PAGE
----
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Inferring flavor mixtures in multijet events

by Ezequiel Alvarez, Yuling Yao

Submission summary

Authors (as registered SciPost users): Ezequiel Alvarez
Submission information
Preprint Link:  (pdf)
Code repository:
Date submitted: 2024-04-29 03:15
Submitted by: Alvarez, Ezequiel
Submitted to: SciPost Physics
Ontological classification
Academic field: Physics
  • High-Energy Physics - Experiment
  • High-Energy Physics - Phenomenology
Approach: Phenomenological


Multijet events with heavy-flavors are of central importance at the LHC since many relevant processes -- such as $t\bar t$, $hh$, $t\bar t h$ and others -- have a preferred branching ratio for this final state. Current techniques for tackling these processes use hard-assignment selections through $b$-tagging working points, and suffer from systematic uncertainties because of the difficulties in Monte Carlo simulations. We develop a flexible Bayesian mixture model approach to simultaneously infer $b$-tagging score distributions and the flavor mixture composition in the dataset. We model multidimensional jet events, and to enhance estimation efficiency, we design structured priors that leverages the continuity and unimodality of the $b$-tagging score distributions. Remarkably, our method eliminates the need for a parametric assumption and is robust against model misspecification -- It works for arbitrarily flexible continuous curves and is better if they are unimodal. We have run a toy inferential process with signal $bbbb$ and backgrounds $bbcc$ and $cccc$, and we find that with a few hundred events we can recover the true mixture fractions of the signal and backgrounds, as well as the true $b$-tagging score distribution curves, despite their arbitrariness and nonparametric shapes. We discuss prospects for taking these findings into a realistic scenario in a physics analysis. The presented results could be a starting point for a different and novel kind of analysis in multijet events, with a scope competitive with current state-of-the-art analyses. We also discuss the possibility of using these results in general cases of signals and backgrounds with approximately known continuous distributions and/or expected unimodality.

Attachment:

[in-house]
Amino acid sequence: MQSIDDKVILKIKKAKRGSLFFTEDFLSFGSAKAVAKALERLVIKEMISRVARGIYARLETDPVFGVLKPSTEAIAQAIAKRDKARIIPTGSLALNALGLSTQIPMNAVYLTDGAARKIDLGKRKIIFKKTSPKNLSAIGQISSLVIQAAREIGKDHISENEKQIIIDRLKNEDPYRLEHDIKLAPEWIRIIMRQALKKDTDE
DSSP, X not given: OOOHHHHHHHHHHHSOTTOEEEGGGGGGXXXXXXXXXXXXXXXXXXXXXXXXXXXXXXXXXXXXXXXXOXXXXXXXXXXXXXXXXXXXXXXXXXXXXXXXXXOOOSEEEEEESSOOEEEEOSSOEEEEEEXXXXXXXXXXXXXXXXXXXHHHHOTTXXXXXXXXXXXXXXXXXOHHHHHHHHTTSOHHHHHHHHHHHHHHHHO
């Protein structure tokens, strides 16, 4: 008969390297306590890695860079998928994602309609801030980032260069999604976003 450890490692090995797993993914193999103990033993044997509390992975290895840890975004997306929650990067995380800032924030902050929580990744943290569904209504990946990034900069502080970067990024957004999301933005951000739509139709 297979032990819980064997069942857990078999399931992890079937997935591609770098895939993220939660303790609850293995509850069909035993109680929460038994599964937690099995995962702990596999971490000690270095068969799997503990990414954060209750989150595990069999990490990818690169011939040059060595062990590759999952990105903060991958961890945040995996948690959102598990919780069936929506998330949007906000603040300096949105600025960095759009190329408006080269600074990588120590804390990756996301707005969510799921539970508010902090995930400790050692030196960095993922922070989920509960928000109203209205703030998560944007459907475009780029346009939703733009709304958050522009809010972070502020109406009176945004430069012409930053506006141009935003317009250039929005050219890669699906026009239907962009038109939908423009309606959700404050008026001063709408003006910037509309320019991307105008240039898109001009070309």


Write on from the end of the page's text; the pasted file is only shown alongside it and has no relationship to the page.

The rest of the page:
Author indications on fulfilling journal expectations

  • Provide a novel and synergetic link between different research areas.
  • Open a new pathway in an existing or a new research direction, with clear potential for multi-pronged follow-up work
  • Detail a groundbreaking theoretical/experimental/computational discovery
  • Present a breakthrough on a previously-identified and long-standing research stumbling block
Current status:
Awaiting resubmission

Reports on this Submission

Anonymous Report 4 on 2024-6-16 (Invited Report)


1. Well written and presented
2. Toy application of a less used Bayesian statistical method to a HEP problem


1. A bit too much assumption of familiarity with statistical issues and distributions for a physics audience
2. Lack of clarity on generation and inference methodology, and on which physics information makes the problem tractable
3. Does not go beyond toy studies based on sampling from 1D curves which could have come from any topic area: the coupling to HEP is rather shallow (other than in limiting the multivariate mixtures to assume pair production of heavy flavour)


A nice demonstration of Bayesian mixture methods to toy problems of tagging-score distribution inference, using four different statistical models. Convergence is shown to require additional physics information such as correlations between multiple jets in an event (this is in need of some clarification) or knowledge of e.g. smoothness and unimodality of the posterior distributions. The amount of physics in the paper is rather small, being more a context for statistical application than central to the conclusions as currently written. No physics simulation is explicitly used, instead simply sampling from provided 1D distributions, and inferring them as a closure test. On the basis that the connection between the physics content and the statistics content is rather small, I think this does not fulfil the SciPost Physics criteria of novelty and synergy between the two fields, though it is a useful demonstration of statistical methods to a physics audience: Physics Core is more appropriate on the declared conditions. It is well written and presented, and a solid contribution to the literature, but does need clearer explanation and perhaps deeper study of the additional information that makes inference possible in the 4-jet case.